A member’s question to Mr Pasin on 6th May
Is it true that you believe that the federal government should allow companies to mine coal seam (CSG), tight and shale gas?
Mr Pasin’s reply, excerpts
Thank you for contacting me regarding The Environmental Protection and Biodiversity Conservation Amendment (Bilateral Agreement Implementation) Bill 2014 (the Bill).
In no way does my support for this Bill indicate approval or endorsement for hydraulic fracturing (fracking) in our state’s high value agricultural zones.
In November 2014 I lobbied the State Government to establish an inquiry into potential risks and impacts of unconventional gas mining by means of hydraulic fracturing (fracking) in the South East. At the time I welcomed the Legislative Councils referral of this issue to the State Government’s Natural Resources Committee for inquiry.
I have taken a keen interest in the committee’s work and had hoped that a final report would have been tabled by this point. However, it has now been almost 18 months and the State Government’s Natural Resources Committee is yet to finalise its report or recommendations.
I had hoped that the inquiry would have provided the opportunity for proponents and opponents alike to discuss their positions in a formal way, and allow the committee to come to evidence based resolution regarding whether fracking should be allowed in our state’s premium agricultural zone.
Given the inordinate delay in the finalisation of the committee’s inquiry I am no longer prepared to wait for these findings to be tabled to make my position known.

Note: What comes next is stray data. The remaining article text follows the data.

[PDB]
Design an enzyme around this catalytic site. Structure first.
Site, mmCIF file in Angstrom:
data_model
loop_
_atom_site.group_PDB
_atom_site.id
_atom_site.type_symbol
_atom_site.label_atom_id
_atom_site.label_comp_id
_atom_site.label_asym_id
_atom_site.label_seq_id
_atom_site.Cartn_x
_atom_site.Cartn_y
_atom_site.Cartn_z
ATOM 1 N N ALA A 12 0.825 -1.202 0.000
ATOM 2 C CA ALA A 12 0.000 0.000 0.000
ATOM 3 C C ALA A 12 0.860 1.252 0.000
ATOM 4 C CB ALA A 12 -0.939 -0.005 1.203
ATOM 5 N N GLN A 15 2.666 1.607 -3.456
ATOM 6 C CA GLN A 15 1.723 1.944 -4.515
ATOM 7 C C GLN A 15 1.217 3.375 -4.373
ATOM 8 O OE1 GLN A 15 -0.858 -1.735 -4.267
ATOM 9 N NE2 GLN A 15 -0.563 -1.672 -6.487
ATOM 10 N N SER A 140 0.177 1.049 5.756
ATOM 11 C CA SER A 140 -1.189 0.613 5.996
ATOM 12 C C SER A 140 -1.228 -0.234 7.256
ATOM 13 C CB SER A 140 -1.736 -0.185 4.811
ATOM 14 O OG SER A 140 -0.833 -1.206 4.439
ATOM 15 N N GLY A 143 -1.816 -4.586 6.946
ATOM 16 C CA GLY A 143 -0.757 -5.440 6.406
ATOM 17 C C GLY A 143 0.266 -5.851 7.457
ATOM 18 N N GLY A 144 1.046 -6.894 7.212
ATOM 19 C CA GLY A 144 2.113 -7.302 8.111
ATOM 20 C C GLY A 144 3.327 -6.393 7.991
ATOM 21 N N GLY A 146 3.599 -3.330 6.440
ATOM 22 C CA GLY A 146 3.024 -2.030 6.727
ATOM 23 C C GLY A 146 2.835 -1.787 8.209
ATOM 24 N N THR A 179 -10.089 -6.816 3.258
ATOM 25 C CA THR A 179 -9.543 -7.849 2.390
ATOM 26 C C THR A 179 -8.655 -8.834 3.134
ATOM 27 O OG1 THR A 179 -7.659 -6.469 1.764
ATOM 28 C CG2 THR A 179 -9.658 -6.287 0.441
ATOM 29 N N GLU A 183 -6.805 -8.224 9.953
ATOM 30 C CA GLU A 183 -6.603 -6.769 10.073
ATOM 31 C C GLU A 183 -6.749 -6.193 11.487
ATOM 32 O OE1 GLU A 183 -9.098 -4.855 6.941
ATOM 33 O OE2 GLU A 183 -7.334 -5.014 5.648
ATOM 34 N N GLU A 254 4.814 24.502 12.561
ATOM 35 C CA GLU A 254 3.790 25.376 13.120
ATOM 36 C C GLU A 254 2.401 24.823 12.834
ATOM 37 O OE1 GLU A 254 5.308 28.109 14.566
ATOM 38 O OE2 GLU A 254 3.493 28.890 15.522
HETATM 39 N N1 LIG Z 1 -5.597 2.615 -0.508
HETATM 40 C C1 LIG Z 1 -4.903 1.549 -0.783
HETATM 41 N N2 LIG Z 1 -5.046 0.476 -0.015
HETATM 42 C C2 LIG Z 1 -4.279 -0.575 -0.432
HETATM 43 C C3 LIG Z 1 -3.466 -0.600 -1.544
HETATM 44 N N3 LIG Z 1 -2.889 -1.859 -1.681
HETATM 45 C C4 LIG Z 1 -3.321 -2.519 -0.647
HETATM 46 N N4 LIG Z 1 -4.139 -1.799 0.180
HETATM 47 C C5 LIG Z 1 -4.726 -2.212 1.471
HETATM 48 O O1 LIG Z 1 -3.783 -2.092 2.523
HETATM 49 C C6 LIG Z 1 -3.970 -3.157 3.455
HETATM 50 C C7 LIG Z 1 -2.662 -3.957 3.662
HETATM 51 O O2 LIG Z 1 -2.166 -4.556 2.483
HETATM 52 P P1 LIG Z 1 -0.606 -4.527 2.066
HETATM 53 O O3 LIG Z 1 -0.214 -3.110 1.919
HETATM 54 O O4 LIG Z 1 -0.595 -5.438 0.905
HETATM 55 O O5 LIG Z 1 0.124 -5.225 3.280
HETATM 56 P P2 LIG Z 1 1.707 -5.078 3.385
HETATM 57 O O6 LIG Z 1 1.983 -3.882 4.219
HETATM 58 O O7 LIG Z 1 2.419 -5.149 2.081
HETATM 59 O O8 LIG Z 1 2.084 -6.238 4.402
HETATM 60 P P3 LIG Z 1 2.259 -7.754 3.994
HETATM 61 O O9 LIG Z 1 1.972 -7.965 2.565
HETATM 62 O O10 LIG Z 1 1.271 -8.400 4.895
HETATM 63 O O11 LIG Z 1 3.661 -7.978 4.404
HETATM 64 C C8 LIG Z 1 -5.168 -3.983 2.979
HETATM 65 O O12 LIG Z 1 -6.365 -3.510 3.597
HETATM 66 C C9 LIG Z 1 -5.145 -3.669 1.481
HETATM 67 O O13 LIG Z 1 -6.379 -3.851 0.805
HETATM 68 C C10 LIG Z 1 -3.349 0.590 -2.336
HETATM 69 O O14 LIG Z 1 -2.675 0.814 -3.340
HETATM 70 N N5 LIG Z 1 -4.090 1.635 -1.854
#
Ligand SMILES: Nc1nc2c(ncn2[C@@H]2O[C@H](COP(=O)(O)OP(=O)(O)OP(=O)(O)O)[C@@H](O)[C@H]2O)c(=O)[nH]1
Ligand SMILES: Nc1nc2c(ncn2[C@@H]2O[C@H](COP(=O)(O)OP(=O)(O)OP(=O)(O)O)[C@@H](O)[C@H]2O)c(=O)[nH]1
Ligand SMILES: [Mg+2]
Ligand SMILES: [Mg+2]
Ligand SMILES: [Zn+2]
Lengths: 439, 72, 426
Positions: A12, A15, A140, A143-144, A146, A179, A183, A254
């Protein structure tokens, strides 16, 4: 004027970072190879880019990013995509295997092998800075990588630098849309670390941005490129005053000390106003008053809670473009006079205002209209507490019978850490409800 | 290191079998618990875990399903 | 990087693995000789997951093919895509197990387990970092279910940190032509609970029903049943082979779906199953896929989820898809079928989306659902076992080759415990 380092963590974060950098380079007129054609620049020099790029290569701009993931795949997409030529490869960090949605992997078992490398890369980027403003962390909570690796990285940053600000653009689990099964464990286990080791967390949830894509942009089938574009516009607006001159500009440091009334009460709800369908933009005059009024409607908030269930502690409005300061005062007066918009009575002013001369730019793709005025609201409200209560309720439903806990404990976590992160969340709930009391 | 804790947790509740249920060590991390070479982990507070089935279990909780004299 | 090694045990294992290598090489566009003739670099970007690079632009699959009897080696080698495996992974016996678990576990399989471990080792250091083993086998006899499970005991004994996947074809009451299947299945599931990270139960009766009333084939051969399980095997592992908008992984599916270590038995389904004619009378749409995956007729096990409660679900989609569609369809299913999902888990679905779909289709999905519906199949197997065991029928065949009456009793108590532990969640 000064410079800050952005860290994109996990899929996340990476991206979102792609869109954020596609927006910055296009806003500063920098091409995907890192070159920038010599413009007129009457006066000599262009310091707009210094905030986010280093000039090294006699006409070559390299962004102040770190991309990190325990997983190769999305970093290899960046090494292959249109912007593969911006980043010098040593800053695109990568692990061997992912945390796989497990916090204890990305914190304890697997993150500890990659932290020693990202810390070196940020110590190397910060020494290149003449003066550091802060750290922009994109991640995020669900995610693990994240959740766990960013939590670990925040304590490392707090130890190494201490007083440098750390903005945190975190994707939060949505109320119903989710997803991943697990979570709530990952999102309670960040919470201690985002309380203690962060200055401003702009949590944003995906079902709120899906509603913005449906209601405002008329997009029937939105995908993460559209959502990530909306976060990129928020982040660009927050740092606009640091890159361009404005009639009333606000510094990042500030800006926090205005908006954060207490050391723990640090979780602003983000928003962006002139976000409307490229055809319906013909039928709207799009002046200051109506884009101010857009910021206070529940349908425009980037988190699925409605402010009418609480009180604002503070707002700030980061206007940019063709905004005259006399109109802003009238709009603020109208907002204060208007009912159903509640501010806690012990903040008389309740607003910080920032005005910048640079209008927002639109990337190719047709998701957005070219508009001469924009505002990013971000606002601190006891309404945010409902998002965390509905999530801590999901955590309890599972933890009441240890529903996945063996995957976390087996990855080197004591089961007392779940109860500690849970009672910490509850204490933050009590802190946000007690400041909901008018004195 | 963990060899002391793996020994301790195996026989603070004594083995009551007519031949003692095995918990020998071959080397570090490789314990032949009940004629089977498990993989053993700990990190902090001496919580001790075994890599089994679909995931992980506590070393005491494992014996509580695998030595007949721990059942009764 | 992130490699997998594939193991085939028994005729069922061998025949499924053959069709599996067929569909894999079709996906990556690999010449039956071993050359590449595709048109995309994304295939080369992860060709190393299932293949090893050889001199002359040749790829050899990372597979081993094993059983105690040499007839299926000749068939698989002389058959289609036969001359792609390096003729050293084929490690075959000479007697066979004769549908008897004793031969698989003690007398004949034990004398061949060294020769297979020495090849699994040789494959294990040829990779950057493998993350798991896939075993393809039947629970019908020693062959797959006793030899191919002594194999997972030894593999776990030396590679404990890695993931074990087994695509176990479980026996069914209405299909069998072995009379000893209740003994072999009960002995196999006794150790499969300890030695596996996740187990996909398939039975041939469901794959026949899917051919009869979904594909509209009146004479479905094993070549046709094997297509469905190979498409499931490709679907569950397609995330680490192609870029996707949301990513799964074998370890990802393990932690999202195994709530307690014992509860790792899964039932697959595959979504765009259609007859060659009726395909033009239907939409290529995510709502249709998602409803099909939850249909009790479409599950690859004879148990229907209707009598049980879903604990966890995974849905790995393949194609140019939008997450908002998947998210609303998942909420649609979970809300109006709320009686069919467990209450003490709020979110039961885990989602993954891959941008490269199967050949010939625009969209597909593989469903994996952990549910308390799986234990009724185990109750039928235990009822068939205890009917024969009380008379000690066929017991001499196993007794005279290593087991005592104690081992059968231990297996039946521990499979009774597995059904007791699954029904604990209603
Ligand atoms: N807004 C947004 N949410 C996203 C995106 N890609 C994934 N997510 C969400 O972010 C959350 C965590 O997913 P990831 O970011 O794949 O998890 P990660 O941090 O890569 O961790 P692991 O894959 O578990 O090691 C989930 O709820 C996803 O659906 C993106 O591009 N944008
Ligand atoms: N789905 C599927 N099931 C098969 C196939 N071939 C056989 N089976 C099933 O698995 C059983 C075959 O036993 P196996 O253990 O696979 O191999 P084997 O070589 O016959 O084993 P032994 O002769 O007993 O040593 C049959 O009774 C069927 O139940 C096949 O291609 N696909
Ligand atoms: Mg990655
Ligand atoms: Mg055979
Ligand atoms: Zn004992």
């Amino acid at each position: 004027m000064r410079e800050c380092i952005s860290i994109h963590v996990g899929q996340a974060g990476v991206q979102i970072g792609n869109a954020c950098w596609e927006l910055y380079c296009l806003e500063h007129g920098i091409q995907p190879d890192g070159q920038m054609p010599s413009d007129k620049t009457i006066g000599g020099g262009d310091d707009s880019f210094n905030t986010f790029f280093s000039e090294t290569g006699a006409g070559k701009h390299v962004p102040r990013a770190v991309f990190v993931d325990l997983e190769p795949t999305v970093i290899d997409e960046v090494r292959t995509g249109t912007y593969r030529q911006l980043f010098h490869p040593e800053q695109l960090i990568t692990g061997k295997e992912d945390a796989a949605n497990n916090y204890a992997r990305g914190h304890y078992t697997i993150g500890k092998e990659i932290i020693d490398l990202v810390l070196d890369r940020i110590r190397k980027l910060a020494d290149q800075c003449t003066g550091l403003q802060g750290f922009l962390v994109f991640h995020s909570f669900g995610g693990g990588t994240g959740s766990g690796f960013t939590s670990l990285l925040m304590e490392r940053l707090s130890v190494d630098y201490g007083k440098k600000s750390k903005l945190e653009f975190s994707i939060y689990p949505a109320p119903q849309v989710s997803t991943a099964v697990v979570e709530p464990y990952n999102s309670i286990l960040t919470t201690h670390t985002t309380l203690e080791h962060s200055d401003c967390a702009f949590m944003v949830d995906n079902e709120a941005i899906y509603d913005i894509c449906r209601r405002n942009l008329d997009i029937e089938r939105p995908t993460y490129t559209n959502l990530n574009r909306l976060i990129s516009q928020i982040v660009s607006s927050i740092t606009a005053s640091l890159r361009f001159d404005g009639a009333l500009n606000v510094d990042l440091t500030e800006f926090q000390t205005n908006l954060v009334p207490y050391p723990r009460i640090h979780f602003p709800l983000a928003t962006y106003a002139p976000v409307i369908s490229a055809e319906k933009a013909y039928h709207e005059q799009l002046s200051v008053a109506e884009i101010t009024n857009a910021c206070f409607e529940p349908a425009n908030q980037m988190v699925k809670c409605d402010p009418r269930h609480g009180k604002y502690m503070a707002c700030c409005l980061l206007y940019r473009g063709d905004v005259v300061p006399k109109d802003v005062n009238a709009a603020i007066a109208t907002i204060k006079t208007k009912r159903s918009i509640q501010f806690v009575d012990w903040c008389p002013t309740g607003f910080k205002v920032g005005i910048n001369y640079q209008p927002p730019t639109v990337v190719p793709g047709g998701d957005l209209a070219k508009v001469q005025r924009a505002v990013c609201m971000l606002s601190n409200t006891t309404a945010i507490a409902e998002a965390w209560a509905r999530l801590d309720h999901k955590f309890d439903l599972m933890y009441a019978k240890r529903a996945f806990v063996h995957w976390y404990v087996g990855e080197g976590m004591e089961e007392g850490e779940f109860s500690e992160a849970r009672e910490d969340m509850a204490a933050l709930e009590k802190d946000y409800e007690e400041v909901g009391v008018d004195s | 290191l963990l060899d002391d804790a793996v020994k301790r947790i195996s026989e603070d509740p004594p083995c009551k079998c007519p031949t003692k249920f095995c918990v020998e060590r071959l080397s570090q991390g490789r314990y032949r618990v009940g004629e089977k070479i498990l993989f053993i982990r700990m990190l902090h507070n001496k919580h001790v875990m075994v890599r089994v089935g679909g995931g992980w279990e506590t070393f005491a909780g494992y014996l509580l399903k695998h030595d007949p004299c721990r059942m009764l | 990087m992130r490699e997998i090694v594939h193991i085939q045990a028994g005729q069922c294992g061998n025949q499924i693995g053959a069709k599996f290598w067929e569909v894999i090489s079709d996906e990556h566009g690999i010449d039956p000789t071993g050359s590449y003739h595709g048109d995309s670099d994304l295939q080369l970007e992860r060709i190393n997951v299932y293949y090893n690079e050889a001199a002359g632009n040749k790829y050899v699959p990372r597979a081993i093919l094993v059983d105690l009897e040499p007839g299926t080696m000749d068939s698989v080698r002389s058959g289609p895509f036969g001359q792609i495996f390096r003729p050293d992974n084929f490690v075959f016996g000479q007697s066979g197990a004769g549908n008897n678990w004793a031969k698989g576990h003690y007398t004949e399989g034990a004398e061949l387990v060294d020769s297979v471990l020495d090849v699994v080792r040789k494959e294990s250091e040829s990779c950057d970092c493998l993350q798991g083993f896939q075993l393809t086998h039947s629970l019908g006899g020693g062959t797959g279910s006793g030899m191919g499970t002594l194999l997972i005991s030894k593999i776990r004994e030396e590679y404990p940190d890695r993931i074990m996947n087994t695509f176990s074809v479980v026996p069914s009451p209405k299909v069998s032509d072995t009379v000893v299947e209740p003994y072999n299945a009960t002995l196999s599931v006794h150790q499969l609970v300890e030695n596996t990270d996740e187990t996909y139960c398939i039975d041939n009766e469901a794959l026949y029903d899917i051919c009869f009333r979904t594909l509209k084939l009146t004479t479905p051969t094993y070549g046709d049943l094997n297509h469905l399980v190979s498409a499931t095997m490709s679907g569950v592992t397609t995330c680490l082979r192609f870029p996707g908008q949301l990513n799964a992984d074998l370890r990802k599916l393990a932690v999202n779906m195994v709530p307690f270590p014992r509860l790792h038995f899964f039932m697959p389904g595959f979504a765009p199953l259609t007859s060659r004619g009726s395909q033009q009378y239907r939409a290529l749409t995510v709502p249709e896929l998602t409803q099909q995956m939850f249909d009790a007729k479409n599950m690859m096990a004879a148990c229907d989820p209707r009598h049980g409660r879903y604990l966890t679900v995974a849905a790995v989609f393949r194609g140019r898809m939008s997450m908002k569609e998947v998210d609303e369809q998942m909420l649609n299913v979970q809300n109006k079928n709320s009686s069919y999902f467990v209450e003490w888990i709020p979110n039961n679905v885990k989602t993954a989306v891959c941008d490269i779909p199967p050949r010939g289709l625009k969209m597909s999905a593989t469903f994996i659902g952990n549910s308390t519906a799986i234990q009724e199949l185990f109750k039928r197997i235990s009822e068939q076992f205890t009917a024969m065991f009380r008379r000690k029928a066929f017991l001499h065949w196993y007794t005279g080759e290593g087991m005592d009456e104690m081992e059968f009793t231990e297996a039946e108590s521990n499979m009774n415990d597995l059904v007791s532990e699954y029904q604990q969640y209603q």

This issue has been a controversial one for the whole of our community. Given the risks to our underground aquifers it is my view that hydraulic fracture simulation in the South East, and indeed in any of our states high value agricultural areas, should be prohibited.
On balance I am not persuaded that the risks to our precious water resource can be sufficiently mitigated. Furthermore I note that any contamination to those aquifers would be impossible to contain and would lead to widespread and catastrophic economic harm.
Sufficient gas resources exist elsewhere in our state and indeed interstate, to support our needs. The South East of South Australia is one of our nation’s most valuable agricultural zones, blessed with fertile soil and a pristine freshwater resource and in those circumstances the risks associated with unconventional gas mining considerably outweigh any benefits associated with the extraction of natural gas from our region.
Accordingly I have called on the State Government to implement a moratorium on unconventional gas mining in our state’s high value agricultural zones.
Tony Pasin MP